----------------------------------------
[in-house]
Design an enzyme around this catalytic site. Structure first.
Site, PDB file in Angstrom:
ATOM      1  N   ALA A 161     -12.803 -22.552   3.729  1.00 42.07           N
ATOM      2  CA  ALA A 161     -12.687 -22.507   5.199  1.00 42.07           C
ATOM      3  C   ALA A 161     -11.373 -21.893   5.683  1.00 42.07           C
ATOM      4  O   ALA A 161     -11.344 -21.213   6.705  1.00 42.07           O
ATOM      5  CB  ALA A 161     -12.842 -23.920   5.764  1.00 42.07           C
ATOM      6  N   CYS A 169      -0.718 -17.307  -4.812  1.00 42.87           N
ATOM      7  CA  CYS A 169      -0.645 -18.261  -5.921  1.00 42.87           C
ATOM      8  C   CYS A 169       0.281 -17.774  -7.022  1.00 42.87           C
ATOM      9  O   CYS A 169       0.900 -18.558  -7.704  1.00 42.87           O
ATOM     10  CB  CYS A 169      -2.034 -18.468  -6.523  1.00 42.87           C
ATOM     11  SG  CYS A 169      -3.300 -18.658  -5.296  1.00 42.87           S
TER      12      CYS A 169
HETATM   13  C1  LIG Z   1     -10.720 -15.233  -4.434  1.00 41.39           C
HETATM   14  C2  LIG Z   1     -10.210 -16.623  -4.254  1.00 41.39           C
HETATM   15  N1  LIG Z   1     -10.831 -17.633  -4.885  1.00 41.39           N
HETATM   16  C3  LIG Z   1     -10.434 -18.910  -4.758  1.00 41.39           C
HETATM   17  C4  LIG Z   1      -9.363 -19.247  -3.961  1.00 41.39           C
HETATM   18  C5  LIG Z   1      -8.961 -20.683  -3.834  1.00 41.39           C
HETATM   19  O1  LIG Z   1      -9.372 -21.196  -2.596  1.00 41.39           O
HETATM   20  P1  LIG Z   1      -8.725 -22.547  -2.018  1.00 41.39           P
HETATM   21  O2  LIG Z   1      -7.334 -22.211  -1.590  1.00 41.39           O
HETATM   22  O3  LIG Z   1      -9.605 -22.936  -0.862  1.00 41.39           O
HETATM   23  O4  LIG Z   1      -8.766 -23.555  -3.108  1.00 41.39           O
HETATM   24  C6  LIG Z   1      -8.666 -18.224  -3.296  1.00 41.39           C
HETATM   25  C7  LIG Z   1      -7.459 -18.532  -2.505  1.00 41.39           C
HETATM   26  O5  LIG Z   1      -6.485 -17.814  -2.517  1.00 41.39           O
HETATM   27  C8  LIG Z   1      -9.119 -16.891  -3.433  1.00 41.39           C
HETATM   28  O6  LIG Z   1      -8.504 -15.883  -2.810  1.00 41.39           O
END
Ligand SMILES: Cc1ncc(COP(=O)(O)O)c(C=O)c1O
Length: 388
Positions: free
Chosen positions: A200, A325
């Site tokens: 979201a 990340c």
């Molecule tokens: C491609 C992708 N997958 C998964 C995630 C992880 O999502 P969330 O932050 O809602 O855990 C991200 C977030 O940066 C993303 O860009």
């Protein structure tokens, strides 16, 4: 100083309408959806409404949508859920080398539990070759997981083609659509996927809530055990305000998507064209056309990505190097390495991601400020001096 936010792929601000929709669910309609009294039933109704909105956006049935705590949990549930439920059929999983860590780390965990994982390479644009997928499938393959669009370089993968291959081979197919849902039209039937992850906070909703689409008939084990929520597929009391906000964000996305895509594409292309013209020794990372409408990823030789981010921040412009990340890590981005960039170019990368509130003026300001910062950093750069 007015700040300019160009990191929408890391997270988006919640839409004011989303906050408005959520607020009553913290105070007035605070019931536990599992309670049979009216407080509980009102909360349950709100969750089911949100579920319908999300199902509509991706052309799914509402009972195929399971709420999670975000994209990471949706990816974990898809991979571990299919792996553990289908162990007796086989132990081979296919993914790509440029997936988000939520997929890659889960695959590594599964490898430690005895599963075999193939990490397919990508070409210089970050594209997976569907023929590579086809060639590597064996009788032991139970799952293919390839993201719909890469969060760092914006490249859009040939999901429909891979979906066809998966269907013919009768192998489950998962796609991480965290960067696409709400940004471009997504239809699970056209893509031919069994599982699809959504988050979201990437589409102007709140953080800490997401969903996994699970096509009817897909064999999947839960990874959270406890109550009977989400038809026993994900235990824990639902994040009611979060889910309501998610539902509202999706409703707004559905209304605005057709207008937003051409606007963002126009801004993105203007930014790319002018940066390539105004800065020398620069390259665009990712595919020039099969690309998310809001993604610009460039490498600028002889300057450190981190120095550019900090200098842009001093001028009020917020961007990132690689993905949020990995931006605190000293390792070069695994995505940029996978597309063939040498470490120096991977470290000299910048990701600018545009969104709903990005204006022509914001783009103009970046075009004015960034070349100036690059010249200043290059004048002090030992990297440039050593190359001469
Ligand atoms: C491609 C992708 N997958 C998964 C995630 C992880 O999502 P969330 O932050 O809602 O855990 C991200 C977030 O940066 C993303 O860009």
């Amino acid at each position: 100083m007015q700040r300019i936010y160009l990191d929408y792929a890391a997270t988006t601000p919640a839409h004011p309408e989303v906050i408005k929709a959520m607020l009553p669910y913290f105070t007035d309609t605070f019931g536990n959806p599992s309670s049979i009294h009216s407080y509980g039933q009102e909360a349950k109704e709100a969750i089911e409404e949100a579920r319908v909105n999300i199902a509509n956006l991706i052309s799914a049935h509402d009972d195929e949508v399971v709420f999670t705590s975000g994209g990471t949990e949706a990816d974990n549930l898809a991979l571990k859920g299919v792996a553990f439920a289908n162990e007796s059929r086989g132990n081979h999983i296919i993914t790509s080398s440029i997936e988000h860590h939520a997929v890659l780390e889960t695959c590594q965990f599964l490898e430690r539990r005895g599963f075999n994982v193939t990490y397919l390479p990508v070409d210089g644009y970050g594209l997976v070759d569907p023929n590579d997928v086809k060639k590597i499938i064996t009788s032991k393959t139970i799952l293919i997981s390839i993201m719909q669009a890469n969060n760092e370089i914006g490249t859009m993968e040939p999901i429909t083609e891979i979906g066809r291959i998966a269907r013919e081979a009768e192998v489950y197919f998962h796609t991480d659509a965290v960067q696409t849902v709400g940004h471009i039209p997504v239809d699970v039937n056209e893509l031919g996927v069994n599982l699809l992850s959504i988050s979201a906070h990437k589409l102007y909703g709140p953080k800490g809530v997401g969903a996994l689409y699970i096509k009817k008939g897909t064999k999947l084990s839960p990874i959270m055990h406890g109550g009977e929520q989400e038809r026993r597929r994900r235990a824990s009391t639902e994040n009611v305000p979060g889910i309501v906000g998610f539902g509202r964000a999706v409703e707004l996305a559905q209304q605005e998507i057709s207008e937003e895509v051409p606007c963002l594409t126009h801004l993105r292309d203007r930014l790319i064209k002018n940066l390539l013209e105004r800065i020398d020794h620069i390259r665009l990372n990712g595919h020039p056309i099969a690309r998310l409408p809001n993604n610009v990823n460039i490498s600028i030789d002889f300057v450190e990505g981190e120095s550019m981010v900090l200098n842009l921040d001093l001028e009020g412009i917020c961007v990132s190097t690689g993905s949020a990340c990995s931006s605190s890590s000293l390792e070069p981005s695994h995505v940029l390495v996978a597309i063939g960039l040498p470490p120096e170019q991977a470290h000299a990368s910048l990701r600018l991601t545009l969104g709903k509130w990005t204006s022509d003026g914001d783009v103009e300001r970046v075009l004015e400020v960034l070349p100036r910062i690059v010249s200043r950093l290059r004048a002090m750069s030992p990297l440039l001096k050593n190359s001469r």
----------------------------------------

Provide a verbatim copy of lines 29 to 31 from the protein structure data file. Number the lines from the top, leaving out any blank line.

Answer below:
HETATM   26  O5  LIG Z   1      -6.485 -17.814  -2.517  1.00 41.39           O
HETATM   27  C8  LIG Z   1      -9.119 -16.891  -3.433  1.00 41.39           C
HETATM   28  O6  LIG Z   1      -8.504 -15.883  -2.810  1.00 41.39           O